Liked by 2 people

  4. I frequently question if I’m actually good at what I do, even if someone compliments my work. We can be our own worst critics, but something that helps me when I hear the negative inner-voice is going for a walk to connect with nature. Keep writing and creating, Ken.

    I enjoyed the poem and illustration. And, congratulations on 1,000+ followers!

    Liked by 3 people

  5. Hi ken, more outstanding art. Great piece, sorry you are not feeling well. i get a lot from your work, it is of special quality. Thankyou always for sharing, you being published, or more available to wider audience would be a good thing. Funny i dont see my own work like that, but i am richer for the experience of your work. i mused once that we all touch anonymous hearts somewhere. be safe, get weller friend. Thinking of you. Greetings from Oz.

    Liked by 2 people

    1. Thank you, Gary!
      It means a lot to have my work so appreciated. ๐ŸŒŸ

      I’d fallen behind on the WordPress reader this week
      but went through all your recent posts, last night.
      You’ve been really productive lately: it’s getting harder to keep up, LOL!๐Ÿƒโ€โ™‚๏ธ๐Ÿ˜„
      And thanks for all the likes!!
      (PS: Weather’s back to usual for an English Summer: ๐ŸŒง๐Ÿ’จโ›ˆโ˜”๏ธ)

      Liked by 1 person

      1. Hey mate, i really love what you do on wordpress, without it wouldn’t have met you. Missing you like. Also it not my nose to stick in but please the way of publishing is fraught with peril, if i was mickey mouse with computers would have reblogged Famous on my site (for what thats worth) but i am nothing, but i truly think your work is worthy of book (with art). Be safe and well friend.

        Liked by 1 person

  6. You write poem people read. You will die just like everyone else. Why waste time dwelling in such a feeling. One is better of washing dishes, vacuuming, dusting than occupy the mind with such a perspective. I, too, go through spelt of depression and have learned to embrace Mundane task – laundry, organizing stuff, purging stuff or go outside and people watch even when I donโ€™t feel like it but I push it, as a cure, distraction until the dread subsides. I realize depression are like waves crashing against the rocks – always there, constant, a shadow. But like anything beyond our control, contemplation of its vastness and existence can be awe inspiring and beautiful in it nature. Take care.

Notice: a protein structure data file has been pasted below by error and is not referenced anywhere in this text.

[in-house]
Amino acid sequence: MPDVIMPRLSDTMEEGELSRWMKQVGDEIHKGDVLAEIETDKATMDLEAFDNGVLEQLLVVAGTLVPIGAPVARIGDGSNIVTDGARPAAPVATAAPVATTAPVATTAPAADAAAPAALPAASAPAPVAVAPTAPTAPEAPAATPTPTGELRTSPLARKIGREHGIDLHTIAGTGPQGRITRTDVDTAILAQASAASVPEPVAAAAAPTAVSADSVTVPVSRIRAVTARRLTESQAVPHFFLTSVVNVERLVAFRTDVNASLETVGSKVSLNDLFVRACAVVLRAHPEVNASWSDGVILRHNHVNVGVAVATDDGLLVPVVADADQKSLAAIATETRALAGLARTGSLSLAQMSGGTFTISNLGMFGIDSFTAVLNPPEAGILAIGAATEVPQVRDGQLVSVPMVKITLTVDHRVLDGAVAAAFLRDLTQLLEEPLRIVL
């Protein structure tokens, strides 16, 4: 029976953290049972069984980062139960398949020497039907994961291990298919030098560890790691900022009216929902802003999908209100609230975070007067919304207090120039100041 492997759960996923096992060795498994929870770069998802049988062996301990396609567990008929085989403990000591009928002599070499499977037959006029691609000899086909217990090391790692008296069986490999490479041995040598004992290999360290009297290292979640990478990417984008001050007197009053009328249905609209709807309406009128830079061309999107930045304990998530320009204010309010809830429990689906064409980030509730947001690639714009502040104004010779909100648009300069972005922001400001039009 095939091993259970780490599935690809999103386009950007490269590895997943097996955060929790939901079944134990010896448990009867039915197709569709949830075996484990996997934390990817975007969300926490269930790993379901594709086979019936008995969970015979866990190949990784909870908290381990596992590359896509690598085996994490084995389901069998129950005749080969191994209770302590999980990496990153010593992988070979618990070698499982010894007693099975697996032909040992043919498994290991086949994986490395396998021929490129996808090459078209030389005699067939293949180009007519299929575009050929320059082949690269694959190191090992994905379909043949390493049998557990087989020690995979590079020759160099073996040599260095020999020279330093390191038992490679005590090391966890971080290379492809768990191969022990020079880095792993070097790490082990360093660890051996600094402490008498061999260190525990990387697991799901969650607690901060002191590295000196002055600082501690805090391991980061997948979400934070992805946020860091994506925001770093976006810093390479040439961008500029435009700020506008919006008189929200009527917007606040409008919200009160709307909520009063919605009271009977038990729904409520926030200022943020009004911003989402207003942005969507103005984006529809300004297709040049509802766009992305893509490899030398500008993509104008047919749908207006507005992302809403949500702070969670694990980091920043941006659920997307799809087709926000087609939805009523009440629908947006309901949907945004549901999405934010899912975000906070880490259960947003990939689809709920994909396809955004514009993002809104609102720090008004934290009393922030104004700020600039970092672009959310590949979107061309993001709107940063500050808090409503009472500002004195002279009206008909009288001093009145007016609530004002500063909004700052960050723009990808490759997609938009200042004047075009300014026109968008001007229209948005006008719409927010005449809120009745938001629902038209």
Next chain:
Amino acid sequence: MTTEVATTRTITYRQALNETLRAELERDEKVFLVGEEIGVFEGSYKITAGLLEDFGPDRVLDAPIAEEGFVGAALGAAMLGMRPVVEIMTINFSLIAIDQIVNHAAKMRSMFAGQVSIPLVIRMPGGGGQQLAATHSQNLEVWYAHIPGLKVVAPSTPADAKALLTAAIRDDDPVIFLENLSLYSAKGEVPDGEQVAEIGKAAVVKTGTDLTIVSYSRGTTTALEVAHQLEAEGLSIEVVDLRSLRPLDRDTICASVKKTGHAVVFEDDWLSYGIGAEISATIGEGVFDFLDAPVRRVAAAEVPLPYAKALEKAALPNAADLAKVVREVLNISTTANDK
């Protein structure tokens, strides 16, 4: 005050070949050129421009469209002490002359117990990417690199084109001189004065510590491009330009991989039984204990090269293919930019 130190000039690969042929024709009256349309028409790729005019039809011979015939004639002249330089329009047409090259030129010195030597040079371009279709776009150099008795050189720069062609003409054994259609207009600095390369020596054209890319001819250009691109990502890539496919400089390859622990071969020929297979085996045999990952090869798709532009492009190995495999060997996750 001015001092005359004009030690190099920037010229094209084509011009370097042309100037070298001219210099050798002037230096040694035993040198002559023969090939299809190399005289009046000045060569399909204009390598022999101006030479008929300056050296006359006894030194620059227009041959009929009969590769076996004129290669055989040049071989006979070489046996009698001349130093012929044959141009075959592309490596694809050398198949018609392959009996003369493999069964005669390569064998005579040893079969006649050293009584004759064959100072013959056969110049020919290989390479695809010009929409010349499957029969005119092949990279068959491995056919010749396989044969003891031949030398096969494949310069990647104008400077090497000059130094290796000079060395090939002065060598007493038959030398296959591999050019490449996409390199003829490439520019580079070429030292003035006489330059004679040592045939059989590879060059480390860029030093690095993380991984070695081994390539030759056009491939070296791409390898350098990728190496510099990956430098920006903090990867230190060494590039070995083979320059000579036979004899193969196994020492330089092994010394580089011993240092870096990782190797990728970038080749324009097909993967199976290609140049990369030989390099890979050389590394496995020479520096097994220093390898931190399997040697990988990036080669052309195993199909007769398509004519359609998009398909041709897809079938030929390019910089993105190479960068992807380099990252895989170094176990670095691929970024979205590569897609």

Liked by 2 people

    1. Thank you! ๐ŸŒ
      I take your point. Unfortunately, my feelings are not fully under control.
      (The emotion-regulating centres of my brain being affected by neurological illness.)

      Like

  7. I too have this dream of someday being a published author. I have been writing children’s stories for years. I do it because I love it. Anything more is just added stress. Do what you love, love what you do, dobedobedo.

    Liked by 3 people

  8. Hang in there Ken, you are a poet, not an impostor! Dealing with publishers can be really variable. I’ve only published technical works and one short story, and mostly my experience has been good. But I’ve also had bad experiences with the same publisher and same book series. So… if you give it a go, and it doesn’t work out, it’s not about you. Just try a different publisher.

    Liked by 2 people

  9. I totally get where you are coming from with imposter syndrome! I suffer with it constantly about my art work too. I love your poem and the drawing you are very talented. Keep up the great work. ๐Ÿ™‚

    Liked by 2 people

  10. Imposter syndrome? Absolutely. Sometimes it feels like I will never ever achieve any of my goals. Luckily my little (imaginative) friends lift me up when I`m feeling down.

    Liked by 1 person

  11. Lovely poem and art, Ken.